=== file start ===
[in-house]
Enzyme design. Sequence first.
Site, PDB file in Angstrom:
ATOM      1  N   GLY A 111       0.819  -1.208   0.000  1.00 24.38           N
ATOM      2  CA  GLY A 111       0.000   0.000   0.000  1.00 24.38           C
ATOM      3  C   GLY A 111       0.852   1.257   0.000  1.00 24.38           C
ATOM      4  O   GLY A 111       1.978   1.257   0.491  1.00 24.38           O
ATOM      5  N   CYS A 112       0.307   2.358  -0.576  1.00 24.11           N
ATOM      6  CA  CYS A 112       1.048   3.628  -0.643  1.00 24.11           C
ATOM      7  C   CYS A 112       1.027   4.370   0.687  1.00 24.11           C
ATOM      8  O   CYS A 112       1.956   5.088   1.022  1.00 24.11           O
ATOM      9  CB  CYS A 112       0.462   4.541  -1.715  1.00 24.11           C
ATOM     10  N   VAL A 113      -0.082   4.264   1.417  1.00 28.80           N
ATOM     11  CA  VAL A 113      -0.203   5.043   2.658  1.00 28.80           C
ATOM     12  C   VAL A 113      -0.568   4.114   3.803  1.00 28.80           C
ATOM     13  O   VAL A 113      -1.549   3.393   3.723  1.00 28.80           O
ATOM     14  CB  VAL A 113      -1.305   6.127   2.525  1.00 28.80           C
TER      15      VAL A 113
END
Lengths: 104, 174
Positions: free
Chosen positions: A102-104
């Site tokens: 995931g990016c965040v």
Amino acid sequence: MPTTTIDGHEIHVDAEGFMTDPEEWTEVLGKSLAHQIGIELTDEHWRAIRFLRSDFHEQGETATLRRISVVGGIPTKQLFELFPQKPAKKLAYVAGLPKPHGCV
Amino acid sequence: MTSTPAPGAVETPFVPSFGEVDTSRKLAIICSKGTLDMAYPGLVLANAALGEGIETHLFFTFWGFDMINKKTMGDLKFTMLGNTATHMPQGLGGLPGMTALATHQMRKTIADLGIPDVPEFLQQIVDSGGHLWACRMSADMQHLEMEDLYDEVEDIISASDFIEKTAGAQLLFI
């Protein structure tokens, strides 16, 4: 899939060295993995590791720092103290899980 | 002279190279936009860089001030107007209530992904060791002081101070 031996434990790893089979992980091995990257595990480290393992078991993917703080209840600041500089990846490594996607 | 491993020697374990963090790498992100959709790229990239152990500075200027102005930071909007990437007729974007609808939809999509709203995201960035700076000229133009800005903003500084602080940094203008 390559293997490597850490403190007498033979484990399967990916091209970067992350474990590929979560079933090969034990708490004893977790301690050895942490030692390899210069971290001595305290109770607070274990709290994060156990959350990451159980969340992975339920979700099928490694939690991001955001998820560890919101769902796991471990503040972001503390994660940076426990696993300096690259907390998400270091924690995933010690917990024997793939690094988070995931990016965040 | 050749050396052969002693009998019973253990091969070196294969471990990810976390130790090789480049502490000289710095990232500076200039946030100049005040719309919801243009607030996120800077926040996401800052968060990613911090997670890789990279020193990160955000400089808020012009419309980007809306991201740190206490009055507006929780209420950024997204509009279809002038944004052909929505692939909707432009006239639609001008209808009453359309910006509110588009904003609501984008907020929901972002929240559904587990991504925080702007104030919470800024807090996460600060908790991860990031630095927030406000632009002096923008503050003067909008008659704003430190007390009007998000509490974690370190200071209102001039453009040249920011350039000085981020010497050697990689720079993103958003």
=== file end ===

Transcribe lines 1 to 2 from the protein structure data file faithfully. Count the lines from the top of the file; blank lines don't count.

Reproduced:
[in-house]
Enzyme design. Sequence first.